Up to 1927 hustle and bustle of the first popular movement had become the thing of the past. The honey-moon between the Congress and the Muslim league was over and there was a resurgence of communal conflicts. The communal gulf between the Hindus and the Muslims had widened, the Swaraj Party had collapsed and Gandhi had retired from active politics.
Amid this situation, the British announced the appointment of an Indian statutory commission comprising seven members to enquire into the constitutional reforms to be undertaken in near future.
The conservatives in Britain became apprehensive of a Labour Party victory in the elections of 1929 and hurriedly announced the appointment of an all-white commission popularly known as the Simon Commission.
The Commission did not care to include a single Indian member though its purpose was to prepare a future constitution for India. The exclusion of Indians from the Commission evoked sharp protests from all Indians.
The British action was looked upon by the congress, the league, and the Hindu Mahasabha as a violation of the principle of self-determination and a deliberate insult to the self-respect of the Indians.
The National Congress at its Madras Session decided to boycott the commission.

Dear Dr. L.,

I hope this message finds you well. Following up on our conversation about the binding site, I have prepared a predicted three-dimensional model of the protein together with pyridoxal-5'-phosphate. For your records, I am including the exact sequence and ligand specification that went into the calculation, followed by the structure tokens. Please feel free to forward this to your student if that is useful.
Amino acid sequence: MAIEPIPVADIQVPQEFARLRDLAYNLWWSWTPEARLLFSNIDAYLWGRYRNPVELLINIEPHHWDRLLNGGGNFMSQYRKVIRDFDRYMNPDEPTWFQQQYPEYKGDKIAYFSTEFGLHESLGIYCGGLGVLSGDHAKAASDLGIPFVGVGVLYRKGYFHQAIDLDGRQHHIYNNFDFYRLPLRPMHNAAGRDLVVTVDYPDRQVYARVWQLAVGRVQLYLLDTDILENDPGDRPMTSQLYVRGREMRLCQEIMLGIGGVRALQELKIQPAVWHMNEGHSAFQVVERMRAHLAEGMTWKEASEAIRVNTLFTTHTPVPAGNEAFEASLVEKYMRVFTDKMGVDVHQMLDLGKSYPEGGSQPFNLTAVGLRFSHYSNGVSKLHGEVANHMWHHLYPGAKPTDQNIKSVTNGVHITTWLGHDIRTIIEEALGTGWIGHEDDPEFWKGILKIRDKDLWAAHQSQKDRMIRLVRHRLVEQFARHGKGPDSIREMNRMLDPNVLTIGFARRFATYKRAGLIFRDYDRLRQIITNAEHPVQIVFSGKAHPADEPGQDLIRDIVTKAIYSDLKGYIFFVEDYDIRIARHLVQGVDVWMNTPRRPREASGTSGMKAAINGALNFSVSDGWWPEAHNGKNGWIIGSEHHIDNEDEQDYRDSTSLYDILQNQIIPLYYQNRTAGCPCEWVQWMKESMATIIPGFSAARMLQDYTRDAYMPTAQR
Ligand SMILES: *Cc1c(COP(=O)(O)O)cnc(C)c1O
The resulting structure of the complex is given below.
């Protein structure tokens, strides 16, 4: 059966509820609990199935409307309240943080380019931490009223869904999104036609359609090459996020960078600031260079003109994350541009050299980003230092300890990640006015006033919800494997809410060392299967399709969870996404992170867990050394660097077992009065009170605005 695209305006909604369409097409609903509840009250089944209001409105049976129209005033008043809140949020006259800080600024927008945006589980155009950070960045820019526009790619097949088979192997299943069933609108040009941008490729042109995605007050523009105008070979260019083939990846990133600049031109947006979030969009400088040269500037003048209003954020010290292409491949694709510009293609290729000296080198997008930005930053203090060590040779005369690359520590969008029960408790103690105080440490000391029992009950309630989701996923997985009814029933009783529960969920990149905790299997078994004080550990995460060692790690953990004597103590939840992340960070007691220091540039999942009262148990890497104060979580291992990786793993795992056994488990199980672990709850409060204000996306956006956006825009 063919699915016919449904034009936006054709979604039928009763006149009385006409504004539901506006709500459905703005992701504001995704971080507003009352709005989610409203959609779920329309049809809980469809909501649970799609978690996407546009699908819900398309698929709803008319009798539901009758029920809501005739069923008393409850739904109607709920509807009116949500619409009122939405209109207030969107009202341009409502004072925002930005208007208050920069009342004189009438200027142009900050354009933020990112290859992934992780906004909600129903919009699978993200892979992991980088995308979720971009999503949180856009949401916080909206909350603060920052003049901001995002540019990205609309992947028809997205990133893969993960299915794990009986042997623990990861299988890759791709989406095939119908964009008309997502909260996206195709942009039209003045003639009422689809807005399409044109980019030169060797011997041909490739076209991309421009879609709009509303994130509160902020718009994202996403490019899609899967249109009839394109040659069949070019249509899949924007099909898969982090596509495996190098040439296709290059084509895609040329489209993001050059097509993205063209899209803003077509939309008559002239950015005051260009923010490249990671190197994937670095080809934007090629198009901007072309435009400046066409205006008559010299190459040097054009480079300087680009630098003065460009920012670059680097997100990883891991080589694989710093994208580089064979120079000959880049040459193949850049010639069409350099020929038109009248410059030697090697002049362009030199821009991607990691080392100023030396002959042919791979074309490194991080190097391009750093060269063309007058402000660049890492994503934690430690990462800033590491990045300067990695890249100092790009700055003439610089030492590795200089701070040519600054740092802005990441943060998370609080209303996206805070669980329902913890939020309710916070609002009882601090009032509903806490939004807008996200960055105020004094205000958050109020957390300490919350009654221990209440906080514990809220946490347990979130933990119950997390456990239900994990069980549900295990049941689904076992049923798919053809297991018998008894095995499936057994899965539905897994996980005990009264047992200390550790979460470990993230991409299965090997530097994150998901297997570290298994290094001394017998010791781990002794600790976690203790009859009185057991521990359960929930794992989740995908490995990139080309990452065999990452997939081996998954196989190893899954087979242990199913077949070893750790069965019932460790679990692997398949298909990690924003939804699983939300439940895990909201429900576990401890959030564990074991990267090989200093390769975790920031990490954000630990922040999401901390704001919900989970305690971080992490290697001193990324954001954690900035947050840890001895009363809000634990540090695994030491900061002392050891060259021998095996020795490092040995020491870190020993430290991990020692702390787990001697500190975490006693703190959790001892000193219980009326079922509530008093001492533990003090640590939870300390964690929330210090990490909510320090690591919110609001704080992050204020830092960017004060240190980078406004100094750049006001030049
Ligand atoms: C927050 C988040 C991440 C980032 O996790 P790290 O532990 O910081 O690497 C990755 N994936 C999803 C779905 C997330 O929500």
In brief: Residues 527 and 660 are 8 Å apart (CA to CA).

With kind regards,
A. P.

On February 3, 1928, the commission arrived in Bombay. The public disapproval of the commission found manifestation in the spontaneous hartals and demonstrations which took place all over India.
Wherever the Commission went, it was greeted with mass strike and black-flags demonstration. In Lucknow, Khaliq-uz-Zaman coined the term ‘Simon Go Back‘. He also flew black kites near the venue where Simon was holding his meeting.
Lala Lajpat Rai floated the proposal in the Central Legislative Assembly on February 16, to boycott the Commission. His proposal was widely accepted and the members expressed their approval of the proposal by shouting Bandemataram.
The government repression of the anti-Simon demonstration knew no bounds. There occurred frequent clashes between the demonstrators and the police in all the major cities.
A major police-public clash took place at Lahore on October 30, 1928, in which Lala Lajpat Rai was hit on the chest by lathis. Later, he died on November 17, 1928. Bhagat Singh and his colleague, to take revenge, killed Saunders– the policeman responsible for the death of Lajpat Rai.
Both Jawaharlal Nehru and Govinda Ballav Panth were beaten up by the police. Despite countrywide agitation, the members of the Simon Commission continued their work.
The report of the Simon Commission was published in May 1930. It suggested the replacement of dyarchy with full responsible government in the provinces with the provision of some emergency powers in the hands of the government. It recommended autonomy for the provinces as far as practicable and visualized a federation at the center, comprising both British India and the Indian states. It didn’t suggest any change in the central government. There is no doubt that the Simon Commission’s Report became the basis for enacting the Government of India Act of 1935.
The movement against the Simon Commission did not immediately lead to a sustained political struggle because Gandhi, the undisputed leader of the Indian National Movement, did not offer his green signal to it.